Well, I’m seriously behind again. I just spent a month camping without internet access in New Mexico (at Hyde Memorial State Park near Santa Fe, then El Vado and Heron Lake State Parks in north-central NM) and in Colorado, boondocking near La Manga Pass on Hwy 17. I could only get online for an hour or 2 when running errands in Santa Fe with Chris, or hiking to a mountain ridge, or driving to the Chama Visitor Center to use their WiFi. Of all the things I needed to do online when I had the connection (email, banking, campsite research, finding propane, etc.), blogging was lower on my priority list. Sorry!
I’ve been going through the pictures I took at Yosemite National Park and it’s been a major task to single out a limited number of pictures from the 500+ that I took. One thing that I hadn’t expected is how the beauty is all around you in Yosemite Valley. It’s not a park where you have a spot in the campground and drive or hike to the viewpoints. Half Dome is right above the campground and viewable from all over. You see Yosemite Fall almost anywhere. It’s a short, skinny valley with steep walls all around, so the views are always there, wherever you are standing, unless blocked by the tall trees. Like Bryce Canyon NP and Zion NP, I was taking pictures non-stop.
As I mentioned previously, I stopped at the Escapee park in Coarsegold the day before my 3-day reservation in Yosemite (April 28-30). It’s located off Highway 41, just south of the Yosemite entrance near Wawona. I needed to do laundry and the Escapee co-op parks usually have clean, reasonably priced laundry facilities. Also, I wanted to be sure to have a cable connection or TV signal to watch the NASCAR race that night. While there I got to meet Lorna, a Lazy Daze owner, former travel blogger and the organizer of the annual Lazy Daze ladies get together (Ladeze GTG). She isn’t full-timing right now and is enjoying living at the Coarsegold park. Such a neat lady, and it’s always great to meet folks I know from blogs or the Lazy Daze board. Coarsegold is a nice park with lots of hills and trees. The sites aren’t lined up like sardines. I could see myself in a park like that after stopping full-time traveling.
My original plan was to visit Yosemite in mid-May. Bob Wells had given me a lot of good advice back at the RTR in January, including when to visit for good waterfalls and wildflowers, photography tips, etc., but that I had to book ASAP. The campgrounds book up within hours of the reservation system opening, and reservations for mid-May had opened on January 15th. I was able to get 3 nights, May 21-23, but had to book 3 different campsites. I would have to move each day, but that didn’t matter as long as I had 3 nights in Yosemite Valley. Back when I was at Lake Isabella it got hot pretty quickly and I decided to check on Yosemite. The weather was forecast to be unseasonable warm there, too. (Unseasonably warm in Yosemite meant high in the high 70’s and lows in the low 40’s – dee-lightful!) And, I had read that the rivers and streams were really flowing due to early snow-melt. I decided to change my reservations to April 28-30. I expected we would have good weather and low crowds since school wouldn’t be out yet. It cost about $30 to change the reservations, but worth it.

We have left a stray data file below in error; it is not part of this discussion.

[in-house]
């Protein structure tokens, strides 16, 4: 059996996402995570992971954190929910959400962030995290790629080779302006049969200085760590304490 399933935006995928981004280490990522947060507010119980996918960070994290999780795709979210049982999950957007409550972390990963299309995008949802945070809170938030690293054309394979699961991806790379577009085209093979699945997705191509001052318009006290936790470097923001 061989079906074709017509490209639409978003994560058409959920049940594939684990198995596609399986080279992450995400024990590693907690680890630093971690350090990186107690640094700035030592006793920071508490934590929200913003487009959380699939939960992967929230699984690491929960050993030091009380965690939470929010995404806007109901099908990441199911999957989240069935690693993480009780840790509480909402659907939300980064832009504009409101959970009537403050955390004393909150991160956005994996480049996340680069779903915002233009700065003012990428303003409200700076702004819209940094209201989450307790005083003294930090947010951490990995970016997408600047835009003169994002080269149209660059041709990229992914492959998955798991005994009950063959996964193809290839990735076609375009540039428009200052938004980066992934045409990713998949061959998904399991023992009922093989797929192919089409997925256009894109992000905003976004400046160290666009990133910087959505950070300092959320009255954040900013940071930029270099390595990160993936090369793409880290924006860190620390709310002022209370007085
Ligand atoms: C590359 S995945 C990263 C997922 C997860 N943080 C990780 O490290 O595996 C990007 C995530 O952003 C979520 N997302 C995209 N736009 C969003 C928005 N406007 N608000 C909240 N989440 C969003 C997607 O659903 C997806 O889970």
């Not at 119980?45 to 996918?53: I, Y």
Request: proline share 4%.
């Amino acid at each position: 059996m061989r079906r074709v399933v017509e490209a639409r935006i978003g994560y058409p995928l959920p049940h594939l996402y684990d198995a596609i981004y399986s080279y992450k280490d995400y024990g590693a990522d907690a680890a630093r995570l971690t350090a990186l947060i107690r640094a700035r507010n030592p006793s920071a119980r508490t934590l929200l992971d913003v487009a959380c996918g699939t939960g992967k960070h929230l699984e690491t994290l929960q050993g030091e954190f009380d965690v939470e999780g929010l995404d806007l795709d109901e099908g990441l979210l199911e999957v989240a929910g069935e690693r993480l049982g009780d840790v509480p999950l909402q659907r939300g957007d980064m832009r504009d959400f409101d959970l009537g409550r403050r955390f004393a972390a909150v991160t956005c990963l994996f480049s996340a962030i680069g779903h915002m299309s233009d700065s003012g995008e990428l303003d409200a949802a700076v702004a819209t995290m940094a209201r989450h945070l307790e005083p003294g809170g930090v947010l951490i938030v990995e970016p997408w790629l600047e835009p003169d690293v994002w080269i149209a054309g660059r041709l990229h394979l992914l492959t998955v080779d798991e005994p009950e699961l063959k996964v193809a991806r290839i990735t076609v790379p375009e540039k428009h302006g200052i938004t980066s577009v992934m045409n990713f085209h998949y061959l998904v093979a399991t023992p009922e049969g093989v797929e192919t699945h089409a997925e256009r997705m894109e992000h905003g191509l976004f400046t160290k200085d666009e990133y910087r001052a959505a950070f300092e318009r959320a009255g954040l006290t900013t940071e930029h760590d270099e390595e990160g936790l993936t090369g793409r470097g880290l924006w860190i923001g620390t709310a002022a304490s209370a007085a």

So, I left Coarsegold and headed up highway 41 to Yosemite’s south entrance. One of the main things I wanted to do in Yosemite was visit the Mariposa Grove of Giant Sequoias.
Unfortunately, I couldn’t park nearby. They had everyone park 8 miles away at Wawona and take a shuttle to the grove. Riley had to stay in the RV, since dogs aren’t allowed on trails or buses. The size of the trees are mind-boggling. It’s a nice area, with a paved trail and informational sources. And, of course, very shady and cool. Back at the rig, we headed on up Hwy 41 and enjoyed a really pretty drive to Yosemite Valley. Friends Steve and Barb Smith back in Texas are from California and told me to be sure to stop for the Tunnel View, that it was outstanding. After about an hour we got to the long tunnel. Immediately at the end are parking lots on each side of the road for the viewpoint. I pulled in to the lot on the right side of the road. That was the wrong side, as I found out later the lot on the left side of the road has the RV parking.(Just an FYI for RV’ers.) Fortunately I am short enough at 22′, and was able (barely) to park in a regular spot.
It is a spectacular view, with Bridalveil Fall gushing and highly visible, El Capitan on the left, and Half Dome to the back. Then, the drive to the campground is lovely, cruising along the valley among all the trees in the picture above. You can’t even tell there is a road down there, it’s hidden in the forest. When we got to the campsite I got parked and noticed there was a seasonal stream winding along the back boundary of the campground, right behind our site. It was a great site, very shady with flowering dogwoods. I could hear the Merced River rushing behind the campground – it was probably just a hundred yards or so behind my site.
By the time I got parked and set up it was about 4:00. I took Riley for a walk around the campground and along the Merced River. It was so late in the day there wasn’t really time to do much, but I decided to hop on the Yosemite free shuttle and ride it around to get familiar with the valley. There is a stop right at the campground entrance. I got off at Yosemite Village to visit the general store, then at Yosemite Fall.
I hopped back on the shuttle and rode around a bit more, getting back to the campsite before dark. (Note for Yosemite visitors: the shuttle drivers have great little fold out maps of the valley, shuttle stops, and general info. Ask for one if you don’t see them on the shelf next to the door.)
I have about 45 or so photos of our time at Yosemite, so am dividing into 3 posts for the 3 days of our visit. Will post day 2 soon.